As Trey mentioned in Dusting off Open Source CU, we want Open Source CU to serve as a platform for discussing technology trends and sharing code in addition to more strategic discussions. We’re passionate about our craft and spend significant time and effort exploring the (near) future of web and mobile development. Over time we’ll present this research within the context of building high-quality member experience and show how these pieces fit together, but we also want to engage those who are building the next generation of banking.
In this post our focus is on some of the changes happening in the world of CSS. Here are some articles we found interesting:
The End of Global CSS CSS React Webpack
Organizing CSS becomes more difficult as the size of the user interface increases, and this seems like an interesting way to reduce the complexity, particularly when combined with React (we’ll be talking more about React in the future).
Solved by Flexbox CSS Flexbox
Layout in CSS is painful but important, particularly to support multiple screen sizes. We’ve used grid systems like those provided by Bootstrap and Neat (in addition to some custom solutions), but they’re still constrained by the limitations of CSS and require significant amounts of work. Flexbox is the solution to this problem and it’s becoming more widely available (including its use in React Native). We’re not able to use it in production yet (thanks, IE), but we’re able to use it in prototypes and look forward to the day when controlling layout via CSS is straightforward.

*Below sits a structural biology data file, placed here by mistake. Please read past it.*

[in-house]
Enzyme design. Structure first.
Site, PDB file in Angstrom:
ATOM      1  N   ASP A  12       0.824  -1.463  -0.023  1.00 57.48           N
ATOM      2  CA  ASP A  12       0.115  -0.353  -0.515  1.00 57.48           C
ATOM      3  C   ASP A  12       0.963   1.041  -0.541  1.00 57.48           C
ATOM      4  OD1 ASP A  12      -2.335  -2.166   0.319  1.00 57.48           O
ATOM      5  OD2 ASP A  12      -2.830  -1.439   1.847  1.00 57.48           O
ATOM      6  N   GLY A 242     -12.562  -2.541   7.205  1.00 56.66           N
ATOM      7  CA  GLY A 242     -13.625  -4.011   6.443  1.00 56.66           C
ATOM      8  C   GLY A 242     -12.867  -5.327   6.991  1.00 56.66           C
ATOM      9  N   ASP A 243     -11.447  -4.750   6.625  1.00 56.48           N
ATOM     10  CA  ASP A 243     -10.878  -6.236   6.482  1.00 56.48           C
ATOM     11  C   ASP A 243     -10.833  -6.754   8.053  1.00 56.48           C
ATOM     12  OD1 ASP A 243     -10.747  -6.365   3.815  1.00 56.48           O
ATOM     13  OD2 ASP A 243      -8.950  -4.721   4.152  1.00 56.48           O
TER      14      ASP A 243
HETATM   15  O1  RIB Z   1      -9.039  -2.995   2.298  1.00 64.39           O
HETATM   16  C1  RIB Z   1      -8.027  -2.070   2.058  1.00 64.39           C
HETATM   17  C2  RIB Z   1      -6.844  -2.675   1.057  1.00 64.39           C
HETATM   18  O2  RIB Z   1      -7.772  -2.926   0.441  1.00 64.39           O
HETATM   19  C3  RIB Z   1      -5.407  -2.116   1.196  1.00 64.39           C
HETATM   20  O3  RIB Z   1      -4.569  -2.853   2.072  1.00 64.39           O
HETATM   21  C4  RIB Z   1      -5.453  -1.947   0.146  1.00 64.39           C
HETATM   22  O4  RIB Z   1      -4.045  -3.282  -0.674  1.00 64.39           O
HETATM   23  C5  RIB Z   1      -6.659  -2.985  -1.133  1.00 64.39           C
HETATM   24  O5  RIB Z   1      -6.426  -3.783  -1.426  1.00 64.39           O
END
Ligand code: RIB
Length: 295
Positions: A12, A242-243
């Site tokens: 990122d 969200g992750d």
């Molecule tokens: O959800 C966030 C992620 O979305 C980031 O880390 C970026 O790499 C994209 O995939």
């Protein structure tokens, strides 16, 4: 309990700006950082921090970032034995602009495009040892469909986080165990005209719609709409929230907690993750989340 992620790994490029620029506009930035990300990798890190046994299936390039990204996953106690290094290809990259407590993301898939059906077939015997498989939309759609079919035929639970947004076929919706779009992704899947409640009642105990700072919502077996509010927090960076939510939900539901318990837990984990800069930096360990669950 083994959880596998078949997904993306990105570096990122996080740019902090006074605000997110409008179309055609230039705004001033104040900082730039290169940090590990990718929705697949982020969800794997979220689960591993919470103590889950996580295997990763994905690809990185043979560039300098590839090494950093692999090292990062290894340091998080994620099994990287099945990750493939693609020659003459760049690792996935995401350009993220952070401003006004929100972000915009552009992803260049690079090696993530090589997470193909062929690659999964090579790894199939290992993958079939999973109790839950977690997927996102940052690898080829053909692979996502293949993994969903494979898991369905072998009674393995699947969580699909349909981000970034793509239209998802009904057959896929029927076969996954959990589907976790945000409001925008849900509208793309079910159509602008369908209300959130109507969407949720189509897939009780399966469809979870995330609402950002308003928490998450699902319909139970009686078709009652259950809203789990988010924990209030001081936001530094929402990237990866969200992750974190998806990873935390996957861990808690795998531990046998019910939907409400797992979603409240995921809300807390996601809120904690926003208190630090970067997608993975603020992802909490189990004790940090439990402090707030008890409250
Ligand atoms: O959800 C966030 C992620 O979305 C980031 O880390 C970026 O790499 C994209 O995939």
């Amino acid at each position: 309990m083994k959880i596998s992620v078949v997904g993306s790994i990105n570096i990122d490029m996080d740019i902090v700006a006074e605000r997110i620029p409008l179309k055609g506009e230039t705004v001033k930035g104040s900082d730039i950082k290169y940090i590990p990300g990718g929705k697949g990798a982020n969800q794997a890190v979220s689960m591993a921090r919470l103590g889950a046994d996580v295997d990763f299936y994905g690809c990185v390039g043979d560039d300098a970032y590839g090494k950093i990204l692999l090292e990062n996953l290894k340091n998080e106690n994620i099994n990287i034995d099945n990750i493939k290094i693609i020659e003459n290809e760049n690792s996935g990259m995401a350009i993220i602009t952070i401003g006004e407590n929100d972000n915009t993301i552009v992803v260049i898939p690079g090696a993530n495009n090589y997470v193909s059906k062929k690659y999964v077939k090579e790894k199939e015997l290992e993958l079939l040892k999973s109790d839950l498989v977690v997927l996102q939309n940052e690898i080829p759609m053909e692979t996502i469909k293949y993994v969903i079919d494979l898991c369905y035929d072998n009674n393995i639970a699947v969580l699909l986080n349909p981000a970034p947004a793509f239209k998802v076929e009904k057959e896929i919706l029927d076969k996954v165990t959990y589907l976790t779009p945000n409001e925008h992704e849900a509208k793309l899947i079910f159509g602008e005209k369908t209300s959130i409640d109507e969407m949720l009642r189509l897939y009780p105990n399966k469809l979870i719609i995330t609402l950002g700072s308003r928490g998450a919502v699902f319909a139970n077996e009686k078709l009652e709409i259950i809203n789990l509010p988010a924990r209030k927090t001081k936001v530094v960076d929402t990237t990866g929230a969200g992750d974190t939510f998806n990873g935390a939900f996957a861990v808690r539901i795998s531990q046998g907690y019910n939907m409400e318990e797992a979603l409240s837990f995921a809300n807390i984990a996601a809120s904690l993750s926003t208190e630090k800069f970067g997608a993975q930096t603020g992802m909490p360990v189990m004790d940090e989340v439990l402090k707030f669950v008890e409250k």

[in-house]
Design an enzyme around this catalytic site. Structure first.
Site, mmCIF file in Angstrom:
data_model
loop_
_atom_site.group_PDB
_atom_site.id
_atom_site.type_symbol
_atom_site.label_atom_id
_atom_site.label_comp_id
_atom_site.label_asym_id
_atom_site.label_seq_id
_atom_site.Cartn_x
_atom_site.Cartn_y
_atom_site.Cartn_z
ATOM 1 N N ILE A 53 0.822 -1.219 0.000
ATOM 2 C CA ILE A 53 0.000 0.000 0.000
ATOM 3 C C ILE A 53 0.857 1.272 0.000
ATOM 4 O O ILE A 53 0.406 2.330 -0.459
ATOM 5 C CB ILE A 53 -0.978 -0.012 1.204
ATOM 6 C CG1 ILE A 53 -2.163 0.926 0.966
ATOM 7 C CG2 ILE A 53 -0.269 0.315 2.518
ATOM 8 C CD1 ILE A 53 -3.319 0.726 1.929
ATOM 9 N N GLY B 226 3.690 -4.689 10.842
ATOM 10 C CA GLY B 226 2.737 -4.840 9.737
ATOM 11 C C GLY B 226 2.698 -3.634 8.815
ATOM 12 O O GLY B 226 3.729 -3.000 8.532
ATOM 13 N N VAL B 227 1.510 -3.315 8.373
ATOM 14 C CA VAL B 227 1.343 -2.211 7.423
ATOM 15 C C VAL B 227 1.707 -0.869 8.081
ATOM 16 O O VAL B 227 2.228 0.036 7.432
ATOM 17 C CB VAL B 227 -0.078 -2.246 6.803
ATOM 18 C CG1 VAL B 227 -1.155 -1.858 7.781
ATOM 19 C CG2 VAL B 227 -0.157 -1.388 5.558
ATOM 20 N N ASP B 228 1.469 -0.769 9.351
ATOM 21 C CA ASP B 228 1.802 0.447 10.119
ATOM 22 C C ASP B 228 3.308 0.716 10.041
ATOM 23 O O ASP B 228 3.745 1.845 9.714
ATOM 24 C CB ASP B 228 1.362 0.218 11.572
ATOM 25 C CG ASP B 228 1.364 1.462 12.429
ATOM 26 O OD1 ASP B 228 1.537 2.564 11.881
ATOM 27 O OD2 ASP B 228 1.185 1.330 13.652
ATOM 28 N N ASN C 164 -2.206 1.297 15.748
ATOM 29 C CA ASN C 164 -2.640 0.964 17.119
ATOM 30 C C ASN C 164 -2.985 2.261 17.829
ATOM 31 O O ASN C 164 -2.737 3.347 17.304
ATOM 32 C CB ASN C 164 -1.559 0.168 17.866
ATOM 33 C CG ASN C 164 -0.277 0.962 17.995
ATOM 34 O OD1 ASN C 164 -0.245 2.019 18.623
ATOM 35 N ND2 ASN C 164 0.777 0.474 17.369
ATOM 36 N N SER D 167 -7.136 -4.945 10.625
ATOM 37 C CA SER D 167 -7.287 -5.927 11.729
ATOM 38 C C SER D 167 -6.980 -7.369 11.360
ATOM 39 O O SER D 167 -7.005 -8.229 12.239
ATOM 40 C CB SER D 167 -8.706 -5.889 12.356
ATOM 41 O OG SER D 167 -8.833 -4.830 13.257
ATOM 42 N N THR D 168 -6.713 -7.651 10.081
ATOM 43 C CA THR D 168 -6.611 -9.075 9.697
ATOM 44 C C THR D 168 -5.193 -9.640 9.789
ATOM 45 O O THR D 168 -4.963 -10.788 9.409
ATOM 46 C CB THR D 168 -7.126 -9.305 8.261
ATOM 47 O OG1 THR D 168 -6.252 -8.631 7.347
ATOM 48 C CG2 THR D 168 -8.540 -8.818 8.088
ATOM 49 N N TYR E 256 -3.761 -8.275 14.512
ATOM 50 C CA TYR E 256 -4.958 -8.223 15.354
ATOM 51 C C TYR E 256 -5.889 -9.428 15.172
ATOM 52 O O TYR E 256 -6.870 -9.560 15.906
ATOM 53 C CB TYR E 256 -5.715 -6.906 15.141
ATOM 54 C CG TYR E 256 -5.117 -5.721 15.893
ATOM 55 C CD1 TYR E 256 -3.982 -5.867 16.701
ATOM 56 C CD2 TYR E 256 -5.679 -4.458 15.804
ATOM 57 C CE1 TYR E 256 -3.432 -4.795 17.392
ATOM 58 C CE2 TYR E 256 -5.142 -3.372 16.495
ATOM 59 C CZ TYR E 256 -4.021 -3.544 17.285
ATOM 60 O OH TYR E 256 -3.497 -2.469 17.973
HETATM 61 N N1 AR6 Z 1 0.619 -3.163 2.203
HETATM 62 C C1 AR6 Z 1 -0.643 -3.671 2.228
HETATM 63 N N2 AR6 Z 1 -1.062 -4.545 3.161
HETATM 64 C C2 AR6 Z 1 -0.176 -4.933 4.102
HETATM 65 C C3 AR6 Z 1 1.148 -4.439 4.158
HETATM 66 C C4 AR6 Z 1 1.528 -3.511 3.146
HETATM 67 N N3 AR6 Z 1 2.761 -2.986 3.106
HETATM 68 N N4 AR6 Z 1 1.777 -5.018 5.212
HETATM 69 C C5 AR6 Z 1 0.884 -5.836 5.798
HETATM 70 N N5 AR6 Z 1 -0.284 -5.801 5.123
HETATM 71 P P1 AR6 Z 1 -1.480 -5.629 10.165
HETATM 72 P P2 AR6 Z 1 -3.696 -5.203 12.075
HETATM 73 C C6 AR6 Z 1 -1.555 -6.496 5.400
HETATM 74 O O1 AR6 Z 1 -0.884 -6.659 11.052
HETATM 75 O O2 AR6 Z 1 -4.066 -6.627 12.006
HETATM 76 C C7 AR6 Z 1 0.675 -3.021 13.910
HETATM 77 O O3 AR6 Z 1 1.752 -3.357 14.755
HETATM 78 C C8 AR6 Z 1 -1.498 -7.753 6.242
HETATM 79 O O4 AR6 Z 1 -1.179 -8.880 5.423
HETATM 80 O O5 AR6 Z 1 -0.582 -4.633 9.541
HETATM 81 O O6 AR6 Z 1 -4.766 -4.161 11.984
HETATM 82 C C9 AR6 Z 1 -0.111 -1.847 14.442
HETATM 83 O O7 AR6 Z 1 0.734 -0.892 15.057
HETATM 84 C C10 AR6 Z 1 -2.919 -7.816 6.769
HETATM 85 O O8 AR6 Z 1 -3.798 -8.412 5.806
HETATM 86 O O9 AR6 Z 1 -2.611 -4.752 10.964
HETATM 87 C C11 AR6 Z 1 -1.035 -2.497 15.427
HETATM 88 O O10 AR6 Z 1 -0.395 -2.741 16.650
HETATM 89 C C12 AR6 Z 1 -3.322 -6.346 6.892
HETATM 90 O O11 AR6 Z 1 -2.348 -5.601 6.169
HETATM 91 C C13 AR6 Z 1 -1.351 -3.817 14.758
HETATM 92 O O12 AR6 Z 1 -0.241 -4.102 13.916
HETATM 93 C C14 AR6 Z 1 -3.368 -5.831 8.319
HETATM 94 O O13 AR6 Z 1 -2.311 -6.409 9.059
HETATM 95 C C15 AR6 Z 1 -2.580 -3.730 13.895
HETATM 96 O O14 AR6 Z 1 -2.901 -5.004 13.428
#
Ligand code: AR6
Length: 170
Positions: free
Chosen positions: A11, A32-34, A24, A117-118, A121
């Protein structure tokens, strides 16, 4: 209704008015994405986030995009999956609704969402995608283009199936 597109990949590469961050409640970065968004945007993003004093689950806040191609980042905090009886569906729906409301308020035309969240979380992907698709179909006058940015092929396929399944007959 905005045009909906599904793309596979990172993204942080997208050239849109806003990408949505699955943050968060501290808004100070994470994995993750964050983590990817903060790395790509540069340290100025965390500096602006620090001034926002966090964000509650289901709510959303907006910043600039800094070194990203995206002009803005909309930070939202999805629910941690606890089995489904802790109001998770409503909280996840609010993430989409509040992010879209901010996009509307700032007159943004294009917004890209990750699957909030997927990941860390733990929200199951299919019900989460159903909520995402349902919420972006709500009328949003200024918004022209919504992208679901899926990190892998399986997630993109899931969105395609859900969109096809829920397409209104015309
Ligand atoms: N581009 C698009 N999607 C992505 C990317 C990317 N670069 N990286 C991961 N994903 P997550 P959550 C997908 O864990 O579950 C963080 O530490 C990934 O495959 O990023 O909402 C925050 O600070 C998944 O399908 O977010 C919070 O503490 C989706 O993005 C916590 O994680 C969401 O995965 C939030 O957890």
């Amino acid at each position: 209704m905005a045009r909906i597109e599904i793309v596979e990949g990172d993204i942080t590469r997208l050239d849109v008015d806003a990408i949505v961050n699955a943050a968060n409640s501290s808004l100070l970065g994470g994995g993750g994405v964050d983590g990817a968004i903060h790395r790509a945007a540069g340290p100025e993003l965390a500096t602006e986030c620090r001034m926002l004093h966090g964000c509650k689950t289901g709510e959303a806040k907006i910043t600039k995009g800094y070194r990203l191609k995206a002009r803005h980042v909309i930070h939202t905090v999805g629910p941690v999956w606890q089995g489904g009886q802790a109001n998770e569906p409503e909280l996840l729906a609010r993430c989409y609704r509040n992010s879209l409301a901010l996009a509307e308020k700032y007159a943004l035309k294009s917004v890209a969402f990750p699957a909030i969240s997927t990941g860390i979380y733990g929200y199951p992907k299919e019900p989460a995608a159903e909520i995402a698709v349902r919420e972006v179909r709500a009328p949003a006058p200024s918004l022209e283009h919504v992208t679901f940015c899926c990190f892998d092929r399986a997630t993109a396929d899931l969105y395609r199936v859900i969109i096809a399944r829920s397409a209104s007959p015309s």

This site shows how to solve common layout challenges using Flexbox.
PostCSS CSS Build Tools
The most popular PostCSS plugin is Autoprefixer, and if you’re going to use newer CSS then it’s a huge time-saver. From the “Solved by Flexbox” site referenced above:
If you’re writing Flexbox code and not using autoprefixer, well, you’re making a horrible mistake.
Last night was the first time I used it, but so far I’m impressed.
Related articles you may find interesting: